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Uncertainty ahead for Thai economy

The Thai economy will face many headwinds but also tailwinds next year, mainly from the global economy and geopolitical tensions. In 2022, the Thai economy slowly recovered from the Covid pandemic as lockdowns ended and the economy was reopened to international travel.

After contracting by more than 6% in 2020, Thailand’s real gross domestic product (GDP) grew by 1.5% in 2021 and 3.2% in 2022.

Next year, the Thai economy is forecasted to grow by 3.5%. The continued expansion will be fueled by the growth of household consumption, remittances from tourism, especially international travellers, growing exports, especially to China, as well as private investments, particularly the relocation of high-tech production from China to Thailand.

Even so, recession in major economies, geopolitical tensions, high prices, and lending interest rate hikes continue to be key headwinds for next year. Thailand’s major export markets are forecasted to face a recession in 2023. The IMF’s most recent forecasts show a sharp slowdown in the growth of the US and European Union (EU) economies, which are Thailand’s major importers.

For the US, aggressive hikes in its policy rate this year to fight inflation will continue into 2023. The US policy rate could likely be hiked to more than 5% by the end of next year, compared to only 0.25% at the beginning of this year. This will slow down demand in the US.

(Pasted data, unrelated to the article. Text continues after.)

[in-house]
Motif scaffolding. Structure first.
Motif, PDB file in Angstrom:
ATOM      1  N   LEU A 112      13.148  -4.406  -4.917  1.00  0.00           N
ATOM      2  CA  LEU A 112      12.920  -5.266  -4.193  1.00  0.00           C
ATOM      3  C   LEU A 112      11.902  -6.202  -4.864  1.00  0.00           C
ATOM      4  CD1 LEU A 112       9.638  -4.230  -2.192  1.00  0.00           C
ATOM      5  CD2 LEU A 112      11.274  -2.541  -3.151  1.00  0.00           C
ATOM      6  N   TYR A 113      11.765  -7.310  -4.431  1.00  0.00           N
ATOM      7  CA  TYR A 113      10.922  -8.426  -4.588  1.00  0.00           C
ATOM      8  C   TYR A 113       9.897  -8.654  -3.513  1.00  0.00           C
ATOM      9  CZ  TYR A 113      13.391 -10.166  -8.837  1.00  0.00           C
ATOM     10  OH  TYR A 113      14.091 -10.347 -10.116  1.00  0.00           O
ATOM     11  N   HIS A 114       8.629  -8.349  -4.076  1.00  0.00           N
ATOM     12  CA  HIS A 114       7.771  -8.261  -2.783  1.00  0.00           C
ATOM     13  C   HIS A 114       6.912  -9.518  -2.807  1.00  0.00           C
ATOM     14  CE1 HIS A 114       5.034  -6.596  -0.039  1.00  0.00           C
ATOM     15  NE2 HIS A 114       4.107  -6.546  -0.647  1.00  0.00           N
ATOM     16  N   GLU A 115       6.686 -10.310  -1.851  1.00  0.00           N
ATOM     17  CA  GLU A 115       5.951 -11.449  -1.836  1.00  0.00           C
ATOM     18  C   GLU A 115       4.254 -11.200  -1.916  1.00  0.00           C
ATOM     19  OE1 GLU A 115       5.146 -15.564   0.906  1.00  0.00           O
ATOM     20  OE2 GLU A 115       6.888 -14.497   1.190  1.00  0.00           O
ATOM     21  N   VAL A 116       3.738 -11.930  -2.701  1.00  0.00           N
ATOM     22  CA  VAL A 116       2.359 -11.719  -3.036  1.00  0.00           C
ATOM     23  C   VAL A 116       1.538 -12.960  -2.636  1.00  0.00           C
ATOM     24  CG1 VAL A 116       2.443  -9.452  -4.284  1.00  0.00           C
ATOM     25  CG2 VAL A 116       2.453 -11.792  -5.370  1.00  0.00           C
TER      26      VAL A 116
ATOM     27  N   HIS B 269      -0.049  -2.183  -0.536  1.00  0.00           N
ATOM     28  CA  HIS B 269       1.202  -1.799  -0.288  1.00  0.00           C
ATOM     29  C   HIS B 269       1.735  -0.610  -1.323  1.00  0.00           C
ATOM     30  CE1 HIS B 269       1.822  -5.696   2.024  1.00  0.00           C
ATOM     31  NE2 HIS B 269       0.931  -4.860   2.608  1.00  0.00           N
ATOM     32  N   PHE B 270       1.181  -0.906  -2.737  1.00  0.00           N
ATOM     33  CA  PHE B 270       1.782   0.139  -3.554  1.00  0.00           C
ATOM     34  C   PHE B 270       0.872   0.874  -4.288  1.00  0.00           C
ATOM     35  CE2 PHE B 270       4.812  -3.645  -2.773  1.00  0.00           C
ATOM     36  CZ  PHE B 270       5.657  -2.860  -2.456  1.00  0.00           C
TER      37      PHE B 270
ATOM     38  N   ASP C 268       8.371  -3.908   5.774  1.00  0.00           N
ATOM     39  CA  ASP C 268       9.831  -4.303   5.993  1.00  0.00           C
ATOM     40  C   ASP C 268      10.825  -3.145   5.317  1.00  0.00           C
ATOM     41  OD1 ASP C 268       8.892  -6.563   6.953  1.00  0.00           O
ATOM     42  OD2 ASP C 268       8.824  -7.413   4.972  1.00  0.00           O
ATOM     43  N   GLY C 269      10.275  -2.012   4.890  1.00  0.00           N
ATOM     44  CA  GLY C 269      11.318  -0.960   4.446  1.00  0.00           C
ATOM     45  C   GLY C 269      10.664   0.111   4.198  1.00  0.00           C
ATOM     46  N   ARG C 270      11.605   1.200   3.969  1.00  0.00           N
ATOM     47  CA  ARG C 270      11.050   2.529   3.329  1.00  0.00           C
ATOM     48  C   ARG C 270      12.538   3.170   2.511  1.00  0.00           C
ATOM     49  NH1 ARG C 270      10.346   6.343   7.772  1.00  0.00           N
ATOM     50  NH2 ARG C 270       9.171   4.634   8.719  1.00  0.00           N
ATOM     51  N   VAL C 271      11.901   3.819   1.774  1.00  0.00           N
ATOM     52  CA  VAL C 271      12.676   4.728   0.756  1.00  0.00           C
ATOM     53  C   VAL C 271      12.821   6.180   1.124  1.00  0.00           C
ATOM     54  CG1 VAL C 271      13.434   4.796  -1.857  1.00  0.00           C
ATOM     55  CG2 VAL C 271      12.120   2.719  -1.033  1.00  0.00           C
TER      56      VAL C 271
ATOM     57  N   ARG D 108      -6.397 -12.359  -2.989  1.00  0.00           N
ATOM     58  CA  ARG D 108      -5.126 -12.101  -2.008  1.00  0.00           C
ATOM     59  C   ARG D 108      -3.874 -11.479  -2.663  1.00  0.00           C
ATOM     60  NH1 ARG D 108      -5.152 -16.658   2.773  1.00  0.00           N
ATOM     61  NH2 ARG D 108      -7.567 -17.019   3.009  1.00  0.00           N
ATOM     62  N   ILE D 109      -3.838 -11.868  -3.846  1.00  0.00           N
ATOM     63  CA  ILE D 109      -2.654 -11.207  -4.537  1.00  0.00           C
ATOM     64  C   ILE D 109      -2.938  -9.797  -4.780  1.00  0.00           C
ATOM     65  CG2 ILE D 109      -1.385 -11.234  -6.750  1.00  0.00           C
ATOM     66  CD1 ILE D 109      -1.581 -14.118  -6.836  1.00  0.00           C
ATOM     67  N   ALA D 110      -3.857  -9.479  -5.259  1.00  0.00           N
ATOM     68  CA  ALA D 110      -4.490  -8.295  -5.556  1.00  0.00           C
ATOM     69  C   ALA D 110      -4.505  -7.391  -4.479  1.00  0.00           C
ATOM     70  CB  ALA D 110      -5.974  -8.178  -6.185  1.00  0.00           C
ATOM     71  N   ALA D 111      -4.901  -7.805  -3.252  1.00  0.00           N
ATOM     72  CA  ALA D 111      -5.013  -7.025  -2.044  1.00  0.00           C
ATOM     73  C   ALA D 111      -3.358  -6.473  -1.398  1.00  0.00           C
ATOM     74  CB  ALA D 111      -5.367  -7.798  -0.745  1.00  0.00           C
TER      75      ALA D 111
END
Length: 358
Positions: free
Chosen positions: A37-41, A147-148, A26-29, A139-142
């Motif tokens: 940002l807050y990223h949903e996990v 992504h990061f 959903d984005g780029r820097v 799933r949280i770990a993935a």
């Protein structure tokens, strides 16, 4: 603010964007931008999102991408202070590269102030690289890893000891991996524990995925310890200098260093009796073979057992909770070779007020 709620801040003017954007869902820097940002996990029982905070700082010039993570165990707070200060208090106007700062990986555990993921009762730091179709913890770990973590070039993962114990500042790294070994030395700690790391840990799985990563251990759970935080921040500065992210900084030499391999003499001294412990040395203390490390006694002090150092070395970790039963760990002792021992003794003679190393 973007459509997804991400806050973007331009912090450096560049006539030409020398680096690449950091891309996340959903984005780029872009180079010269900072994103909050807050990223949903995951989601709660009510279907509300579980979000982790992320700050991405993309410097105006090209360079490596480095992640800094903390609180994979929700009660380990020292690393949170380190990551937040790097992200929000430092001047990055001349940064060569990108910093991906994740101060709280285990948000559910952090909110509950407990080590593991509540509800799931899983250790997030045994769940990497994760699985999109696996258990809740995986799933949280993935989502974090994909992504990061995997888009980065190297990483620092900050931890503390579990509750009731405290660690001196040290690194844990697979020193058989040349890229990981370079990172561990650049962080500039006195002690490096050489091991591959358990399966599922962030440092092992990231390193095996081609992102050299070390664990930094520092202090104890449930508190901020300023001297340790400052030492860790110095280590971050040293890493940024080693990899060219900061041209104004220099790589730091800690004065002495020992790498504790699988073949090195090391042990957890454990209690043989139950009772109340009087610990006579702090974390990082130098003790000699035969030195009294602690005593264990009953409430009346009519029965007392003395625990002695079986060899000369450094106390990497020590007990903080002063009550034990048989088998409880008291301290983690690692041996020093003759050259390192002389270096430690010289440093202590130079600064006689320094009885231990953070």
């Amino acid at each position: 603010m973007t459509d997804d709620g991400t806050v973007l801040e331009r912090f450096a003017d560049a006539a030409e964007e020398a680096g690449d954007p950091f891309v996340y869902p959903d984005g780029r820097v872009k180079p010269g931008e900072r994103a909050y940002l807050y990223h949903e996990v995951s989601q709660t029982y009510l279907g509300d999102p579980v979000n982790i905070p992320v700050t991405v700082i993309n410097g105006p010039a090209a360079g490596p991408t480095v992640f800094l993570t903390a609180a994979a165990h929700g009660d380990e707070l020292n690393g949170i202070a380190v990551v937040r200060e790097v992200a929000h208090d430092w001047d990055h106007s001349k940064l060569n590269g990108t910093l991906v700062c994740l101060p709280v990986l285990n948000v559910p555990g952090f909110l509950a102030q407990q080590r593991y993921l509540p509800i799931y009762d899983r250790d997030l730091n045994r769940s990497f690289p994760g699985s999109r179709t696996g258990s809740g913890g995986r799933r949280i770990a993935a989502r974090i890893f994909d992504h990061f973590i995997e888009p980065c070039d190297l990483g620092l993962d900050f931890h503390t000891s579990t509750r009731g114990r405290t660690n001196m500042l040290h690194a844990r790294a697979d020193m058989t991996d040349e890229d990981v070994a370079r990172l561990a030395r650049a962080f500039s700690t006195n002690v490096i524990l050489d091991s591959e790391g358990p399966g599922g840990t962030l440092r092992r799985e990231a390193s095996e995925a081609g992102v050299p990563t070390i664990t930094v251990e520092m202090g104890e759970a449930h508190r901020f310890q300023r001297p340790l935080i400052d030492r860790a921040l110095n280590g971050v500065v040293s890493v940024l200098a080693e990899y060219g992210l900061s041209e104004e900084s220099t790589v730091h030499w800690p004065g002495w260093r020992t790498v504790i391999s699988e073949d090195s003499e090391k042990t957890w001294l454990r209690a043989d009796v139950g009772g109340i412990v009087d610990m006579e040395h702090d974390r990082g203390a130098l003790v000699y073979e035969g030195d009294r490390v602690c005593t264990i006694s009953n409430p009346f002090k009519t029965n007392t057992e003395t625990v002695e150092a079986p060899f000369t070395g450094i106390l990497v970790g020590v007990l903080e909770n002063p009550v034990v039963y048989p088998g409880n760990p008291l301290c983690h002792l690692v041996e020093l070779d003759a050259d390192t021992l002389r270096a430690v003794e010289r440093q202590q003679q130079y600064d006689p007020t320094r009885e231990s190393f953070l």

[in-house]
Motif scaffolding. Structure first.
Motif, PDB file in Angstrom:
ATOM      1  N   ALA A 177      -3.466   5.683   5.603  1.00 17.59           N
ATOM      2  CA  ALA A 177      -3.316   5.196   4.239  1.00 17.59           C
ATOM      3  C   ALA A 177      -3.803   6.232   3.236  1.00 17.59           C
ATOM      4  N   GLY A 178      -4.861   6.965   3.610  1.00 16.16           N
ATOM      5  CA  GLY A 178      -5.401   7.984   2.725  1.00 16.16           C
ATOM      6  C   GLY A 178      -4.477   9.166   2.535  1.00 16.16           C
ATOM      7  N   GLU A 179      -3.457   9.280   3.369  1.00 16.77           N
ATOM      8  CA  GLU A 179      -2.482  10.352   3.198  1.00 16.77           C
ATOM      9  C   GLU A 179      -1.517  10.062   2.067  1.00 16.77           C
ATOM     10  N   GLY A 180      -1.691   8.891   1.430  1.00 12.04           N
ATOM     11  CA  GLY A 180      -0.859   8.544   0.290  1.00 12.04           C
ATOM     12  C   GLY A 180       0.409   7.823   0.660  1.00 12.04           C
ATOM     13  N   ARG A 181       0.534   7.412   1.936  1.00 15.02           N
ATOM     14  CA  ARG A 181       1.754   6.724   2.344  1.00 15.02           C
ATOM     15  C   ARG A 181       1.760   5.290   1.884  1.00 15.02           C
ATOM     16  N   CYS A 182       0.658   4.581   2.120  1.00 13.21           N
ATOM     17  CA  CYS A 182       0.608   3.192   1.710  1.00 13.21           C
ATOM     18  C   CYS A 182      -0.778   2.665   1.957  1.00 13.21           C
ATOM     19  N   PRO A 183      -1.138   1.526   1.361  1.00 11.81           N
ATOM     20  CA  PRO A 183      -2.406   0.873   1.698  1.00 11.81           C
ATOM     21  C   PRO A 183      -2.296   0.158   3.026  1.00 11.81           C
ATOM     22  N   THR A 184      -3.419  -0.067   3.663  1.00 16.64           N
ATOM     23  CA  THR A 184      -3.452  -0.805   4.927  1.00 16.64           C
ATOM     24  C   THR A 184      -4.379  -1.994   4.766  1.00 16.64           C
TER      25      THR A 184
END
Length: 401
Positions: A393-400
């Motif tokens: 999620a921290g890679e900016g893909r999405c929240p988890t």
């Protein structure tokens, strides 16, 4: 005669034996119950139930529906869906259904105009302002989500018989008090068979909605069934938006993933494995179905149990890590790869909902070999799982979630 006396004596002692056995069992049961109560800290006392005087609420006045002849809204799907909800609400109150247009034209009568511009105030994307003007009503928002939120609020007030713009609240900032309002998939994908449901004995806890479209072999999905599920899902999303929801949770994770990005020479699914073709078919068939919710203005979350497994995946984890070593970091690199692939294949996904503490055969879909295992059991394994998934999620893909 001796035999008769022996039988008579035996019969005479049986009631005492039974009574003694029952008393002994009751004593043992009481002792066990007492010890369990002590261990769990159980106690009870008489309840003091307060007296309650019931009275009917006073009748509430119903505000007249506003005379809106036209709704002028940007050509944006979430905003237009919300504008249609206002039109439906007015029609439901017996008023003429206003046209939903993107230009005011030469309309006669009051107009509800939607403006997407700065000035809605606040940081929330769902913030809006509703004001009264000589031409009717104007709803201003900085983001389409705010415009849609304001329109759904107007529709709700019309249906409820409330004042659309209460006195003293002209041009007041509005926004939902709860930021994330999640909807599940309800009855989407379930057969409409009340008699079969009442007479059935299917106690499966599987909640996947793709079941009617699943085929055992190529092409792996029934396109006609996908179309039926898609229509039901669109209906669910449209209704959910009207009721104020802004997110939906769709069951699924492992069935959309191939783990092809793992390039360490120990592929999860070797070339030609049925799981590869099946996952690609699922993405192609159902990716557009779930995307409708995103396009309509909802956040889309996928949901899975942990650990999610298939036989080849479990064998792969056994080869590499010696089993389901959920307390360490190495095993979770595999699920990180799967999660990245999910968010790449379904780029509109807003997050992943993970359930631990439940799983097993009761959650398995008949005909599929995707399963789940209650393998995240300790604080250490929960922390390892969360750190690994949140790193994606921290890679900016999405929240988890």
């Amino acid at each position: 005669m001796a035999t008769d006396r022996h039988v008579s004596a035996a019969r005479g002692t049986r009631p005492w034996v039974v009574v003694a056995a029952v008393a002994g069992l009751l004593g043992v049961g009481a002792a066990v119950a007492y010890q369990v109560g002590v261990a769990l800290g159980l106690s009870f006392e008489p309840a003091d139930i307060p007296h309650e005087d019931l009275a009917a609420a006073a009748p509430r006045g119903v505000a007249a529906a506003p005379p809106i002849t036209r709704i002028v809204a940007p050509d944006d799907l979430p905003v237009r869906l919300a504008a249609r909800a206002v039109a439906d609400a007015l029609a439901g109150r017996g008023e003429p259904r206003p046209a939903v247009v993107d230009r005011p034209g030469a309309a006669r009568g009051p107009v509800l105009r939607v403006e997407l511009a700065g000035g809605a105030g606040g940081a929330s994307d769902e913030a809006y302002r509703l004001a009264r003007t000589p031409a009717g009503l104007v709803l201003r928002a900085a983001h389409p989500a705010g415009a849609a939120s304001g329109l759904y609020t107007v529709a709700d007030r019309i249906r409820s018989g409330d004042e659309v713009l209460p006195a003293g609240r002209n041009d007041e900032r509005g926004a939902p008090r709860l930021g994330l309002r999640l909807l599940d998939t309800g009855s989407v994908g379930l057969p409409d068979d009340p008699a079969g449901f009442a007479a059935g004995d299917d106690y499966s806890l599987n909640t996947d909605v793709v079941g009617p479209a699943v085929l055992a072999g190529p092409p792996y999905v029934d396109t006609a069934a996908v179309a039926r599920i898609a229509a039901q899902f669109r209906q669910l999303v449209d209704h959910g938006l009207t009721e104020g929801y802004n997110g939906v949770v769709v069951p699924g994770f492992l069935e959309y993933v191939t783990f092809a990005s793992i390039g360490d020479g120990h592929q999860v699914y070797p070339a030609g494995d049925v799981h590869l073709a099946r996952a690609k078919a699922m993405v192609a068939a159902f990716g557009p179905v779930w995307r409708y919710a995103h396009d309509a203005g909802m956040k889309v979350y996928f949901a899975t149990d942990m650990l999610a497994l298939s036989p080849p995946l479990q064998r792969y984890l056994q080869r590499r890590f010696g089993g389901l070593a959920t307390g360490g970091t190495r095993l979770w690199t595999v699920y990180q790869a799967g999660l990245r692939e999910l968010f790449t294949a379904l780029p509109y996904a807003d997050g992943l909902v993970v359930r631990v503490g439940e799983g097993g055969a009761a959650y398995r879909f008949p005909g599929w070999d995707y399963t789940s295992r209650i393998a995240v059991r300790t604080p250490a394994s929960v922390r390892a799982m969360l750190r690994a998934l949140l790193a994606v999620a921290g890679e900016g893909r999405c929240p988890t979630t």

As for the EU, the sharp rise in the price of natural gas, a major source of its electricity and heating, will elevate inflation even more, which limits purchasing power. Although natural gas prices are expected to have peaked, they will remain high into next year, thus continuing to put pressure on European economies.

Geopolitical tensions, especially the Russia-Ukraine conflict, will continue; therefore, energy prices and related commodities will be pricey, and supply chains will be disrupted, particularly in the energy and semiconductor markets. Natural gas and oil prices have peaked but will remain high next year as their supply from Russia is disrupted. However, should there be an escalation of the war in Ukraine, energy prices and freight prices could again soar. Semiconductor shortages will likely last until 2024 as China is unable to produce semiconductors due to the US’s export ban on semiconductor parts to China. New semiconductor fabrication plants, which cost billions of US dollars and at least two years to complete, are being built outside of China. These pose headwinds for the recovery of the Thai economy as Thailand relies on imports of energy and semiconductors, the latter mainly for its car and electronics manufacturing.